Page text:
Berger calls SBA direct lending proposal a “flawed solution” to boosting small biz lending
In a new op-ed for American Banker published last Friday, NAFCU President and CEO Dan Berger voices opposition for a proposal that would grant the Small Business Administration (SBA) direct lending authority to offer 7(a) loans of $150,000 or less to borrowers or “through partnerships with third parties.”
In his publication, Berger argues against the proposal calling it a “flawed solution that puts taxpayers at risk and could lead to a decrease in lending to small businesses by the private sector.”
In the latest version of the reconciliation bill, released by House leadership yesterday, the proposal continued to be included in the legislative text, amplifying growing concerns on the efficacy of the direct lending authority.
Berger notes that although the proposal is well intentioned, it would inherently sever ties between small businesses and community financial institutions, including credit unions, who small businesses have come to rely on, especially during the pandemic.
“It would direct borrowers to participate in yet another complicated and unfamiliar federal program,” writes Berger. “Not to mention that even though the SBA-backed Paycheck Protection Program (PPP) was utilized by many small businesses during the worst months of the pandemic, its success was greatly owed to the efforts of community financial institutions who stepped up during this time of need to help ensure the mom-and-pop Main Street small businesses that needed smaller loans were able to get them. “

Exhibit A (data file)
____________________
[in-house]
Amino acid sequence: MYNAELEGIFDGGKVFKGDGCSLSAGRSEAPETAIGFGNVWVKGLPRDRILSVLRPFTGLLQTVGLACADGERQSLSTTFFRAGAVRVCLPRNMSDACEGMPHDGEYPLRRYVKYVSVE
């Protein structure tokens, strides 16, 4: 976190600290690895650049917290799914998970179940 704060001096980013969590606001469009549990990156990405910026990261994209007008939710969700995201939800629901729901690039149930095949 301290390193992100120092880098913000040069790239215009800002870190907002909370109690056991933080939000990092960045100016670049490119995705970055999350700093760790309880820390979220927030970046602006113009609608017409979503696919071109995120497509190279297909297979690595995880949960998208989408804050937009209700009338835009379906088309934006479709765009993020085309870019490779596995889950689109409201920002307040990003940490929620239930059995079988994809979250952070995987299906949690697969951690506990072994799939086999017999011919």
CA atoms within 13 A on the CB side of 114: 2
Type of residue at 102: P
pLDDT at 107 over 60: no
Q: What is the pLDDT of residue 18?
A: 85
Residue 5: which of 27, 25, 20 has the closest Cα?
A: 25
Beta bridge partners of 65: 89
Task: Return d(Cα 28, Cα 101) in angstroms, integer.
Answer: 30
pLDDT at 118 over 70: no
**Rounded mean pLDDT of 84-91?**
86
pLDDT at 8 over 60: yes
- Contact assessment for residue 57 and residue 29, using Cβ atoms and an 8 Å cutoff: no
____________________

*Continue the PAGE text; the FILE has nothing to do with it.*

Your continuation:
While the SBA technically has the authority to make direct loans now, it has not exercised this right since the late 90s. When the SBA did use this power to distribute loans, “it has experienced several challenges including high rates of fraud and defaults,” notes Berger.
Of note, Berger also raises the question as to whether or not the SBA has the “infrastructure to successfully run such a program while ensuring sound underwriting and protecting both taxpayers and consumers.” Instead, the SBA should continue to work with experienced and better equipped community financial institutions such as credit unions to ensure small business lending demands are met.
NAFCU remains engaged with the SBA and Congressional leaders to voice credit union concerns around the proposal. Read Berger’s full piece here.
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